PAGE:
Many years ago, someone asked me what my current WIP was about, and going red in the face at having to share something so personal, I said, “It’s a warrior story.” All my stories are warrior stories in one way or another. I have a great love for warriors. I am profoundly moved by their sacrifices, courage, and willingness to do it all again for the ones they love, for their brothers. 


“Out of every one hundred men, ten shouldn’t even be there, eighty are just targets, nine are the real fighters, and we are lucky to have them, for they make the battle. Ah, but the one, one is a warrior, and he will bring the others back.” - Heraclitus 


There are two other books I must directly mention because they are always shelved deeply in my heart. Watership Down by Richard Adams is a book I read every year, typically in the autumn which is when it feels most appropriate. In my mind, Watership Down is hobbitish tale. It is so steeped in the same aether that Tolkien was you can feel it, you can feel England. I love the stories, the rabbit myths, the brotherhood (brotherhood is kinda my thing), and the fight they make for their home. This story haunts me. It’s always there in the back of my mind and always feels like home and friends. My copy is worn with comments, highlights, and tears.  


The Exorcists by William Peter Blatty is the other book I can’t discount. It’s a newer weave in the loom of my life that I don’t often talk about because it is so hard to talk about. I can’t freely recommend it. It requires a strong mind and a strong stomach. It’s not a particularly fun read though it is gorgeously written, I mean mind-blowingly gorgeously written. But how do you say that a book might be one of the most beautifully written works penned by man as long as you can handle demon possession of a child and Black Mass stuff? But here’s the thing, The Exorcists is a story of a man who has lost his faith in God and an older man who reminds him that just like love is a choice, so is faith, and he needs to choose faith. It is violent, disturbing, and soul-strengthening if you understand the story. It is a canvas as black as they come, but the sun shining at the end is worth the dark, if you can see it.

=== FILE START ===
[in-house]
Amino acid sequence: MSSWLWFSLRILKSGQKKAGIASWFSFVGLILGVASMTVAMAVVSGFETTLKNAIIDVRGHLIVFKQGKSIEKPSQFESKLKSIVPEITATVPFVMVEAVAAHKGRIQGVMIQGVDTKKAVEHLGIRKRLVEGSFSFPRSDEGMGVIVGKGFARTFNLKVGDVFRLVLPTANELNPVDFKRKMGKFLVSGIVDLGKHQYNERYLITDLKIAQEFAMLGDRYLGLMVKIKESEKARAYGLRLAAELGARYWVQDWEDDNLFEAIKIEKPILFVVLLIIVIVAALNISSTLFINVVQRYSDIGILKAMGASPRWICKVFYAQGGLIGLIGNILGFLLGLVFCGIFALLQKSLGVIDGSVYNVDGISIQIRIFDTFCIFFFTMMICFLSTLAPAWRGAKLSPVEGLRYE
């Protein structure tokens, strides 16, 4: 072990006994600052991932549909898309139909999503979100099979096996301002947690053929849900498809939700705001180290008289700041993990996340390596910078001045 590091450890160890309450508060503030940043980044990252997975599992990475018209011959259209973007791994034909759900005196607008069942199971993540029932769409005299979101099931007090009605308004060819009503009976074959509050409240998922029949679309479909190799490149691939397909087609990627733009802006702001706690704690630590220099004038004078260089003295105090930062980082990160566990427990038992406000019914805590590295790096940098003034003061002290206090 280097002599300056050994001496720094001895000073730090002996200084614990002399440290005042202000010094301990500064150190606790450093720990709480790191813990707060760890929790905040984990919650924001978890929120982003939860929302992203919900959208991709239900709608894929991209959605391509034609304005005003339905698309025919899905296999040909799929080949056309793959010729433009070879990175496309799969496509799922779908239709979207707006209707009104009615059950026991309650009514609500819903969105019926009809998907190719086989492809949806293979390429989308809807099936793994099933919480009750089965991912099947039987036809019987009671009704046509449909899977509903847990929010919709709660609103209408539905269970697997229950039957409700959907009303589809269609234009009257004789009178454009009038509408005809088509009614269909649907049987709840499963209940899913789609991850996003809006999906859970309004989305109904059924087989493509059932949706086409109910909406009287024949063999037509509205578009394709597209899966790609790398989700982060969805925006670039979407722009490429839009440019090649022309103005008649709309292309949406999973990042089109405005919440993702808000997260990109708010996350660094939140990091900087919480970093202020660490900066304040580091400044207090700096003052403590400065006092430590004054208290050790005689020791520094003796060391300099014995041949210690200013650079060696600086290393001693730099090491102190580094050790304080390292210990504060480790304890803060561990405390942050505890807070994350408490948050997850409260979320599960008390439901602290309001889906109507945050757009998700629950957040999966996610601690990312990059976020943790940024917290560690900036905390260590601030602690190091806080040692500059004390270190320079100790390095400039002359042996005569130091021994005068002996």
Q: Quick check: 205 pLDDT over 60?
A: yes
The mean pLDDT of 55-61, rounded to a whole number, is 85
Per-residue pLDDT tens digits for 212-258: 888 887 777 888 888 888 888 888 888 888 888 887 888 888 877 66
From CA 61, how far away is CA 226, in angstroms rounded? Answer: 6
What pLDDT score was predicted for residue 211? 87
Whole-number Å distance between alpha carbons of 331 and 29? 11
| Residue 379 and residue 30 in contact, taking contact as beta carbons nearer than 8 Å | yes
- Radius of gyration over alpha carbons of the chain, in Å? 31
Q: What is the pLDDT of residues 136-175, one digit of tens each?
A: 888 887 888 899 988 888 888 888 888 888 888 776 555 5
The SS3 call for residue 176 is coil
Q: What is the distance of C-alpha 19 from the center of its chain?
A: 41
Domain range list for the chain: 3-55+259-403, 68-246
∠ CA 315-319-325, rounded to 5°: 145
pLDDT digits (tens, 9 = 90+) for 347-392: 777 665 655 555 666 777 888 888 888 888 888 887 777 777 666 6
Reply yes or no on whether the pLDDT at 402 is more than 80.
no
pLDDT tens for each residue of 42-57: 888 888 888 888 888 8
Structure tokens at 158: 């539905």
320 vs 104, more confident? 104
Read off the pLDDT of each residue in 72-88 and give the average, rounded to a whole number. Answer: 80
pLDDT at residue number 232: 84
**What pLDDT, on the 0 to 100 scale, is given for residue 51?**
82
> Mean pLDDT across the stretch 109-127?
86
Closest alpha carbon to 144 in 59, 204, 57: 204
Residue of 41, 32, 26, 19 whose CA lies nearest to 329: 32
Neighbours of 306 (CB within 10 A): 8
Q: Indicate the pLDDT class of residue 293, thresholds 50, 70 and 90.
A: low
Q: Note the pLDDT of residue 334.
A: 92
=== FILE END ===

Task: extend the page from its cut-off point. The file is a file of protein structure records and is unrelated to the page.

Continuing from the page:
Ultimately, I adhere as a writer to this quote from Saving Mr. Banks: “…that’s what we storytellers do. We restore order with imagination. We instill hope again and again and again.” 


As I pick apart the threads of what makes me the writer that I am, I must touch on two final things. First, I never saw this in myself until my dear Alana pointed it out, but I am constantly retelling Beauty and the Beast. I think this ties into my love of warriors. I love the story of the battle-hardened man and the woman who stands by his side, lights his way back home, comforts his nightmares, and empowers him to stay in the fight. Somehow, someway, I’m always reshaping this age-old fairy tale. Second, I am a homemaker to my core. I believe in the profound power of cheering strength and merry durability as they are found in a home managed by a woman who cares. This too shapes the fabric I’m weaving when I set pen to paper and let my imagination gallop freely across the open plain. 


All this is me. All this is found in Stoneheart and all the books Alana and I will weave together. 

"Psyche's job, everyone's job, was to do the hard things that needed doing, trusting that somehow it would be well. It would not be, the Song reminded her, an easy hope. It was not a lazy summer morning hope. It was the sharp cut of ice, the depths of snow, the frozen night sky. It did not mean - it had never meant - that anyone escaped suffering. It had never meant that Psyche could not lose everything she cherished. But it was hope nonetheless. A hope that promised all evil, no matter how twisted, could and would be straightened back to good." -Stoneheart